How many reindeers lost to wolves are we talking about?

It could be a hundred or even more throughout the year. The record I’ve personally seen was 12 reindeers killed by one wolf in one night, so imagine what they can do in a year. At least we don’t have packs of wolves here in Lapland – otherwise, we would lose all the reindeers.

What is your relationship with hunting?

Hunting is my passion. I have many dogs – bird hunting ones, moose hunting, even one for rabbit hunting. I got my license at the age of 11 and have been hunting ever since. Moose is one of my main targets, then come the ducks, even some pigeons in August, then we have grouses, capercaillies, rabbits. My wife makes my gloves – we hunt animals in the woods, and she makes gloves from them. We never waste an animal – we use all the possible materials.

To me, hunting is simple. Some people go to the supermarket, and I go to the forest. I hope hunting will be a part of my kids’ life, too. Because they grew up here, they still don’t have any cell phones or other devices, and we spend half of our time outside. My oldest son is only six, and last autumn, we were already walking 5-6 kilometres in the woods, hunting birds, rabbits – he’s really passionate and only six years old.

Are there any hunting peculiarities here that differ from other countries?

Nothing is truly different here; you just need to keep your eyes and ears open. It’s a tough skill to learn, but, spending so much time in the woods, I can confidently say I’ve gotten good at it. I learned how the animals behave. And surely, there are instincts. All of us have hunting instincts, but perhaps they are stronger in some people.

Can you tell us about living in the Arctic conditions?

Well, we are still 400 kilometres away from the Arctic itself, but I love the conditions, I love the different seasons. In winter, we only have four hours of daylight, and the sun doesn’t properly go up, we don’t have a sunrise or a sunset. The temperatures go up to minus 35 in January and February. It doesn’t really affect my life, though. I’m used to it, so I don’t get depressed. I work a lot, spend time with the animals, too.

But of course when the spring comes – it’s great. It is usually on January 25 when we finally see the sun after spending two months without it. It goes higher and higher, we still have some snow, and can enjoy ice fishing. The day lasts for 12 hours, and you wouldn’t believe how much I enjoy the sunset in March. Even though it is still cold, you can feel the summer coming, there is this smell in the air, the moisture.

We can’t harvest animals in spring, so it is the season when we make firewood for the upcoming winter. In summer, when we can, we love spending late evenings by the lakes. We then have sun for 24 hours a day, so, even though technically our summer lasts for 2.5 months, I like to say it lasts for five because the sun never really sets. This makes our vegetables – potatoes, carrots, onions – really delicious.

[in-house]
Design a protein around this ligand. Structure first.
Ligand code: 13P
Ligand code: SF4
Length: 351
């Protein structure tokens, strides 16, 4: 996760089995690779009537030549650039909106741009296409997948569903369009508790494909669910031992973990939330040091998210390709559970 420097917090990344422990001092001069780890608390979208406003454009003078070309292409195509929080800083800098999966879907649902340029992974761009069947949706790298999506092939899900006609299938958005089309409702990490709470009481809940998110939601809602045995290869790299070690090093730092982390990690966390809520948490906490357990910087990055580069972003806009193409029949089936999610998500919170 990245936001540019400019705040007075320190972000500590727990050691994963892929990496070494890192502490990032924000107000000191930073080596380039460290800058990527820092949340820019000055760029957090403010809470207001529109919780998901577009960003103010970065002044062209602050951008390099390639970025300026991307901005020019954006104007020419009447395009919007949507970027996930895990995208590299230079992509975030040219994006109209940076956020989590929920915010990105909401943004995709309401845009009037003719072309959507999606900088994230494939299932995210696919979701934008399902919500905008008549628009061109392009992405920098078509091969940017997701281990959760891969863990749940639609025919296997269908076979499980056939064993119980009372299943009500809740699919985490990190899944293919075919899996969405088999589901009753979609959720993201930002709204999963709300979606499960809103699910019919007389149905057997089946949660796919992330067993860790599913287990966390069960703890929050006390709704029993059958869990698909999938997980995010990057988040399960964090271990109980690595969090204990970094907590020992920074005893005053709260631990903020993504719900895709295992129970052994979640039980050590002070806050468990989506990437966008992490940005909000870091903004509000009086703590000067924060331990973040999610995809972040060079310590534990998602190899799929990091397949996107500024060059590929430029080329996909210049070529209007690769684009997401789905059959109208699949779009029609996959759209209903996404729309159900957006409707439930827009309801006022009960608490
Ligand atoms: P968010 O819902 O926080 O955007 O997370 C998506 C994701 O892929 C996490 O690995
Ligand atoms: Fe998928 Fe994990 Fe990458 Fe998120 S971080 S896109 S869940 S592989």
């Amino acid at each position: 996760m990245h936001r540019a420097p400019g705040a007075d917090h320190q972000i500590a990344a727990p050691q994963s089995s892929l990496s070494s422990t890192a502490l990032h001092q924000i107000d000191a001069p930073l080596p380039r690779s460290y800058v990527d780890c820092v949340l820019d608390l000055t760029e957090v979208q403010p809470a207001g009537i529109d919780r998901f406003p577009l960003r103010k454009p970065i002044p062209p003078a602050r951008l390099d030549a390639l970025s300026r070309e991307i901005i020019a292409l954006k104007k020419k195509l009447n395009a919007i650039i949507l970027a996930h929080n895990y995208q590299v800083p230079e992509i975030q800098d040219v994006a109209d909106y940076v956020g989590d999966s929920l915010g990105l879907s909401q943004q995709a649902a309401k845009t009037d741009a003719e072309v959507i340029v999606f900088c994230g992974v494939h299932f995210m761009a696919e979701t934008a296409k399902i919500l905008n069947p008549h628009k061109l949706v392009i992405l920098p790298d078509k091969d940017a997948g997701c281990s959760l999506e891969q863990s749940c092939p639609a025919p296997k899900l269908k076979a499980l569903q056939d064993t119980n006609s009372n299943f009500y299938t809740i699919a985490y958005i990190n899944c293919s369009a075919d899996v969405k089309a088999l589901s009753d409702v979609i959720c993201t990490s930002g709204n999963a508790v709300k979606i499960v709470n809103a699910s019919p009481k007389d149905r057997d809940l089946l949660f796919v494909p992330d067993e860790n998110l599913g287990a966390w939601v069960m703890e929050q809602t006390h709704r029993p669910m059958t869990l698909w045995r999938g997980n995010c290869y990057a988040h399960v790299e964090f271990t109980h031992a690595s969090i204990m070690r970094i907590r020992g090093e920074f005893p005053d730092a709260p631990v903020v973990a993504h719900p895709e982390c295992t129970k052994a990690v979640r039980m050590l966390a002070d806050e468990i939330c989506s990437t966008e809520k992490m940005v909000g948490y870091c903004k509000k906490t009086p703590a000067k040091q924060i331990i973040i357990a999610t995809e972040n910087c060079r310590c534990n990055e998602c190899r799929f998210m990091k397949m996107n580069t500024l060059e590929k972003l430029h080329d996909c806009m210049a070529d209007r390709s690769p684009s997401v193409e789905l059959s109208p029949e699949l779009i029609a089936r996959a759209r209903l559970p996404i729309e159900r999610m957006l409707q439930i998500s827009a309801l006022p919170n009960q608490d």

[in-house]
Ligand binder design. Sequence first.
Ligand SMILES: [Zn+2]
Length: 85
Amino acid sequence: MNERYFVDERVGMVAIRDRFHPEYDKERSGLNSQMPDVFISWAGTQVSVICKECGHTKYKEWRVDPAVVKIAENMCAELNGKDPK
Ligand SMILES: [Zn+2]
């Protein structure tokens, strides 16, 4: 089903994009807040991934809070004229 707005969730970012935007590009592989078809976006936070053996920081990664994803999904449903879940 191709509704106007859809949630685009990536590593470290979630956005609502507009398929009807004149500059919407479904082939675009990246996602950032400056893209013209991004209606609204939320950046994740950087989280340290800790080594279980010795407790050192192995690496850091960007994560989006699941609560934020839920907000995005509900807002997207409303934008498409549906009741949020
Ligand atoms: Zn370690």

Autumn is my favorite season, though, because then we can harvest mushrooms and berries from the forest, hunt, and start with all the reindeer herding again. And as soon as the temperature gets to minus 5, you instantly know that winter is coming, you can smell it in the air, and it is such a nice feeling.

You’ve mentioned you had a few dogs, but Isku seems to be your best friend. Can you tell us about him?

I grew up with a dog because I was the only child in the family. Actually, we had Isku’s great great grandfather, who was a reindeer herding dog. But dogs also become family members. I’ve had many good human friends, but this is my best friend. Isku is now five, and we go hunting together, we go mushroom and berry picking in the forest, even when I go to the gas station, he’s with me in the car.

Dogs and animals are a very important part of my life, and they are important for my family, too. They are our friends, our colleagues at work, our helpers when hunting, our entertainers at home. Isku is a mix of a bird hunting dog and a reindeer hunting dog, but he is very professional.

We spoke about your work a lot. And what do you do when you’re not working?

When we have time with the family, we like to watch TV. But our TV is the fire – it doesn’t require anything but some wood and matches, and you can spend hours watching it, you don’t get tired. It’s also good for the kids – they relax as they watch the fire.

When I was a child, I would spend a lot of time with my grandparents, feed the animals, pick berries and mushrooms, and go to the forest. Now I understand that I had a great childhood, even though I didn’t have many friends, it was a very good life. I really want my children to have the same quality time. Nowadays, people spend a lot of time on their phones, computers, TVs. And to me, nature is my Netflix. I appreciate everything nature taught me over the years, and it still tells me new stories day after day. I wish everyone could forget their phones and go for a walk in the forest. That makes your mental health much better.


Do you have a story to share? Drop us a message:

Ari Maununiemi:

Nature is my Netflix. I appreciate everything nature taught me over the years, and it still tells me new stories day after day. I wish everyone could forget their phones and go for a walk in the forest.